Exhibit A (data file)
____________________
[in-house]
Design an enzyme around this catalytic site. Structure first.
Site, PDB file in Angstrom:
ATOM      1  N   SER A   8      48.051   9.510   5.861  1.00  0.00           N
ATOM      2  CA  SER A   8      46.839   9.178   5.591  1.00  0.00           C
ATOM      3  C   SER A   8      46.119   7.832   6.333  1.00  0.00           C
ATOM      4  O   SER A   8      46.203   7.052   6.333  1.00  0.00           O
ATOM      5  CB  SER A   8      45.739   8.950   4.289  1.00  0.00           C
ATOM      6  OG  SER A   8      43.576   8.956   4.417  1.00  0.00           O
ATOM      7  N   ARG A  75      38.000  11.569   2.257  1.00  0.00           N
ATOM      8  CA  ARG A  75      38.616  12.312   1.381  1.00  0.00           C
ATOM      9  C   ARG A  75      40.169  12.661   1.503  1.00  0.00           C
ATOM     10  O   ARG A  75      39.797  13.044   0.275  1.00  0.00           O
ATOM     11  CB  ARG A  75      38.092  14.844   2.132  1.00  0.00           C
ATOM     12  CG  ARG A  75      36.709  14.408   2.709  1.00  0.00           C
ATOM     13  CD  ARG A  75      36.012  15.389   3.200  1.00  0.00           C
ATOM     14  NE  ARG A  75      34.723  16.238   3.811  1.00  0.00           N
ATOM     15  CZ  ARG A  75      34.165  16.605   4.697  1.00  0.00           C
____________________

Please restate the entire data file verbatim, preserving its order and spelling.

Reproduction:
[in-house]
Design an enzyme around this catalytic site. Structure first.
Site, PDB file in Angstrom:
ATOM      1  N   SER A   8      48.051   9.510   5.861  1.00  0.00           N
ATOM      2  CA  SER A   8      46.839   9.178   5.591  1.00  0.00           C
ATOM      3  C   SER A   8      46.119   7.832   6.333  1.00  0.00           C
ATOM      4  O   SER A   8      46.203   7.052   6.333  1.00  0.00           O
ATOM      5  CB  SER A   8      45.739   8.950   4.289  1.00  0.00           C
ATOM      6  OG  SER A   8      43.576   8.956   4.417  1.00  0.00           O
ATOM      7  N   ARG A  75      38.000  11.569   2.257  1.00  0.00           N
ATOM      8  CA  ARG A  75      38.616  12.312   1.381  1.00  0.00           C
ATOM      9  C   ARG A  75      40.169  12.661   1.503  1.00  0.00           C
ATOM     10  O   ARG A  75      39.797  13.044   0.275  1.00  0.00           O
ATOM     11  CB  ARG A  75      38.092  14.844   2.132  1.00  0.00           C
ATOM     12  CG  ARG A  75      36.709  14.408   2.709  1.00  0.00           C
ATOM     13  CD  ARG A  75      36.012  15.389   3.200  1.00  0.00           C
ATOM     14  NE  ARG A  75      34.723  16.238   3.811  1.00  0.00           N
ATOM     15  CZ  ARG A  75      34.165  16.605   4.697  1.00  0.00           C